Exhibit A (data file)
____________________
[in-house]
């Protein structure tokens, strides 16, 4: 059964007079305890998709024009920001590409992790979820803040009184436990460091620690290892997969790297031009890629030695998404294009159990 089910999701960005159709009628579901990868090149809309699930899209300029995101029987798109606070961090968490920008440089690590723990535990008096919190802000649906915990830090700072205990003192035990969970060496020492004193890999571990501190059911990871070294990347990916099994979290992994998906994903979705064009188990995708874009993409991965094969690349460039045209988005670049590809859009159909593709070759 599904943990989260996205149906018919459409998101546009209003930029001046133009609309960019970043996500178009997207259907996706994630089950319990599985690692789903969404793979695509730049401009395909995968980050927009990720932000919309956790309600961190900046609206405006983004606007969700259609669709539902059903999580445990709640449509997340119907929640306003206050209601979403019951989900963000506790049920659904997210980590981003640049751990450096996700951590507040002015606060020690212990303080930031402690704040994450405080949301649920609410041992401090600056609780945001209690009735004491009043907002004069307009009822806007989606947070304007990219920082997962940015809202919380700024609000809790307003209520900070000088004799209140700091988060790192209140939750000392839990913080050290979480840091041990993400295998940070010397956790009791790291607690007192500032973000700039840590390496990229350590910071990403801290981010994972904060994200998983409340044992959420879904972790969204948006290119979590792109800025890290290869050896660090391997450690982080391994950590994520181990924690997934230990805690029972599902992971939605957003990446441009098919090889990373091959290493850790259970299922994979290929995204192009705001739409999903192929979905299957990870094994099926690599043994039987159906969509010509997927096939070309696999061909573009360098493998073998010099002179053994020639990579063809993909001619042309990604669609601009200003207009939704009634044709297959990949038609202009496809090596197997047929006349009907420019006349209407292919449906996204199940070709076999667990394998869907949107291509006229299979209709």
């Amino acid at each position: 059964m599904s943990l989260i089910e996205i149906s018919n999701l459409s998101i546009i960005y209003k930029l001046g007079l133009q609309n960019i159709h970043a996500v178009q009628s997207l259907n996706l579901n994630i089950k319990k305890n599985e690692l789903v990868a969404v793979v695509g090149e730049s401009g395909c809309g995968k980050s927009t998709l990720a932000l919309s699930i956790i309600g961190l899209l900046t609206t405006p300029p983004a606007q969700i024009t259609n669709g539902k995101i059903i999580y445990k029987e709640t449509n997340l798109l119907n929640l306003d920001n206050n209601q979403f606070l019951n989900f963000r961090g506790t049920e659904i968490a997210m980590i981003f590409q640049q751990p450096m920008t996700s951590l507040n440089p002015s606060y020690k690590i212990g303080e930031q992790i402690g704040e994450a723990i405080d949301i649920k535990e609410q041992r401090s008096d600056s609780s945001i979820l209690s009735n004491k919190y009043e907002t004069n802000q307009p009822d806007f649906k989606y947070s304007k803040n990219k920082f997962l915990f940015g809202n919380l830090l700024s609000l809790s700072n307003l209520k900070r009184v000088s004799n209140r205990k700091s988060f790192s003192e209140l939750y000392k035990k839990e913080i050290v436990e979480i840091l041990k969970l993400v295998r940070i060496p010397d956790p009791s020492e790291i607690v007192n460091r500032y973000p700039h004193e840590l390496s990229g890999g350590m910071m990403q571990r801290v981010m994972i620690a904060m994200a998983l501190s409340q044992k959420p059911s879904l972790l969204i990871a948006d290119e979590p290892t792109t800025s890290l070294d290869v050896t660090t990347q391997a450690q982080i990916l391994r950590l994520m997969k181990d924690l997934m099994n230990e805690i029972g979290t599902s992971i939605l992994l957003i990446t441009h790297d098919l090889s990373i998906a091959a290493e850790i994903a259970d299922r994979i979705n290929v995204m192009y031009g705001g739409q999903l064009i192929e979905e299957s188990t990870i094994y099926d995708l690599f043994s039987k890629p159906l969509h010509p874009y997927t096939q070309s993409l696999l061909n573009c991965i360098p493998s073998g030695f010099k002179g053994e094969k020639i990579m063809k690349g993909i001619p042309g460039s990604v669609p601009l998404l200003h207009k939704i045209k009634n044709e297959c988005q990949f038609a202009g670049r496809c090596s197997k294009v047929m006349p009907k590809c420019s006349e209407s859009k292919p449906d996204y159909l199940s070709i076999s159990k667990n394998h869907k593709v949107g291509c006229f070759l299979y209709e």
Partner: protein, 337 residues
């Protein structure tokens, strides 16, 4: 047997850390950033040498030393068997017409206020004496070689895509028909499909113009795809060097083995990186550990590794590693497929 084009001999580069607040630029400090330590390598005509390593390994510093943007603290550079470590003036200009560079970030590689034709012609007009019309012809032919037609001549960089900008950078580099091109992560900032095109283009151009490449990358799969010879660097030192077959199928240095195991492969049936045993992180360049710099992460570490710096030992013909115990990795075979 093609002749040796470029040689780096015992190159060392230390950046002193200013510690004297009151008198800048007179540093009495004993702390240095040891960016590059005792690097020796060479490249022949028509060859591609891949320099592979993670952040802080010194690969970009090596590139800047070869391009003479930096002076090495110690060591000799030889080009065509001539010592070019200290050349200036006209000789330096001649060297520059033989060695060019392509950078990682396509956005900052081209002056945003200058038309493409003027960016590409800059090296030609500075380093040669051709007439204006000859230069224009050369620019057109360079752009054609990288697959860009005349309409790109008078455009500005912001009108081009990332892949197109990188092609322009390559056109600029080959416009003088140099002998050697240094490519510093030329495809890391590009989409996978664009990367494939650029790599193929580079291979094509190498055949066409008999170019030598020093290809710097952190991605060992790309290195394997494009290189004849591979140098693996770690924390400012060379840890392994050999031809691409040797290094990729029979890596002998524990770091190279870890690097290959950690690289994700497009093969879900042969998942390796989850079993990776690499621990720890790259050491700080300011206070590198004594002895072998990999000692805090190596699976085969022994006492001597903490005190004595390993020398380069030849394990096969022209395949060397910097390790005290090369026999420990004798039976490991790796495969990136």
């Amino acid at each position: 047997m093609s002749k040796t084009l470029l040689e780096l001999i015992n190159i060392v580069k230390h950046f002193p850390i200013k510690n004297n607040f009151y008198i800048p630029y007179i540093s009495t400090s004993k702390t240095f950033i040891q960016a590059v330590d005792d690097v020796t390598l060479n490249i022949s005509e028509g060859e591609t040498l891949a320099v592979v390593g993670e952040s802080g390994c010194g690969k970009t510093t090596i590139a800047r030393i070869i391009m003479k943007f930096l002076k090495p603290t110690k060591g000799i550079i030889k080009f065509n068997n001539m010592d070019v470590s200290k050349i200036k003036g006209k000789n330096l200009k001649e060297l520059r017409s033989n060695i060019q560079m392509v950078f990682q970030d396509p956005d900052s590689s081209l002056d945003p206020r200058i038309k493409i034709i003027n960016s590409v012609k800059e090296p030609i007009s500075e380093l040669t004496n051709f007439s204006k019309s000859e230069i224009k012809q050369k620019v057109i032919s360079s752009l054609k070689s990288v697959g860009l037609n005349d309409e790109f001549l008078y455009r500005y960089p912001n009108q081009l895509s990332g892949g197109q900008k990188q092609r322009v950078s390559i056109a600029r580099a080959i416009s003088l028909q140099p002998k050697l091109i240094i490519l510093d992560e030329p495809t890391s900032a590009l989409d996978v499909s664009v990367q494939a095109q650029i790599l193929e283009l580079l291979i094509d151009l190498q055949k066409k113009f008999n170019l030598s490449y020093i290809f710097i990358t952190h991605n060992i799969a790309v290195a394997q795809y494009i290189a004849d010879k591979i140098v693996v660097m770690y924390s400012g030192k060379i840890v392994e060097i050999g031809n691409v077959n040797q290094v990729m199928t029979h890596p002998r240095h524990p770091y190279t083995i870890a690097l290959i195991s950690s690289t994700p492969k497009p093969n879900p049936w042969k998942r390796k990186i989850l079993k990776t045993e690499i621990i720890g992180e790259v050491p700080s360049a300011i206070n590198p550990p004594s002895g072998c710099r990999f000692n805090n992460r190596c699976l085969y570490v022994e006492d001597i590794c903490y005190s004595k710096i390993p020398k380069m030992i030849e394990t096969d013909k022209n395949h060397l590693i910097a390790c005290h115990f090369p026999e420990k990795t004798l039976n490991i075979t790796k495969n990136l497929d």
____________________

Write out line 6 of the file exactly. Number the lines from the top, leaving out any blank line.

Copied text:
């Amino acid at each position: 047997m093609s002749k040796t084009l470029l040689e780096l001999i015992n190159i060392v580069k230390h950046f002193p850390i200013k510690n004297n607040f009151y008198i800048p630029y007179i540093s009495t400090s004993k702390t240095f950033i040891q960016a590059v330590d005792d690097v020796t390598l060479n490249i022949s005509e028509g060859e591609t040498l891949a320099v592979v390593g993670e952040s802080g390994c010194g690969k970009t510093t090596i590139a800047r030393i070869i391009m003479k943007f930096l002076k090495p603290t110690k060591g000799i550079i030889k080009f065509n068997n001539m010592d070019v470590s200290k050349i200036k003036g006209k000789n330096l200009k001649e060297l520059r017409s033989n060695i060019q560079m392509v950078f990682q970030d396509p956005d900052s590689s081209l002056d945003p206020r200058i038309k493409i034709i003027n960016s590409v012609k800059e090296p030609i007009s500075e380093l040669t004496n051709f007439s204006k019309s000859e230069i224009k012809q050369k620019v057109i032919s360079s752009l054609k070689s990288v697959g860009l037609n005349d309409e790109f001549l008078y455009r500005y960089p912001n009108q081009l895509s990332g892949g197109q900008k990188q092609r322009v950078s390559i056109a600029r580099a080959i416009s003088l028909q140099p002998k050697l091109i240094i490519l510093d992560e030329p495809t890391s900032a590009l989409d996978v499909s664009v990367q494939a095109q650029i790599l193929e283009l580079l291979i094509d151009l190498q055949k066409k113009f008999n170019l030598s490449y020093i290809f710097i990358t952190h991605n060992i799969a790309v290195a394997q795809y494009i290189a004849d010879k591979i140098v693996v660097m770690y924390s400012g030192k060379i840890v392994e060097i050999g031809n691409v077959n040797q290094v990729m199928t029979h890596p002998r240095h524990p770091y190279t083995i870890a690097l290959i195991s950690s690289t994700p492969k497009p093969n879900p049936w042969k998942r390796k990186i989850l079993k990776t045993e690499i621990i720890g992180e790259v050491p700080s360049a300011i206070n590198p550990p004594s002895g072998c710099r990999f000692n805090n992460r190596c699976l085969y570490v022994e006492d001597i590794c903490y005190s004595k710096i390993p020398k380069m030992i030849e394990t096969d013909k022209n395949h060397l590693i910097a390790c005290h115990f090369p026999e420990k990795t004798l039976n490991i075979t790796k495969n990136l497929d």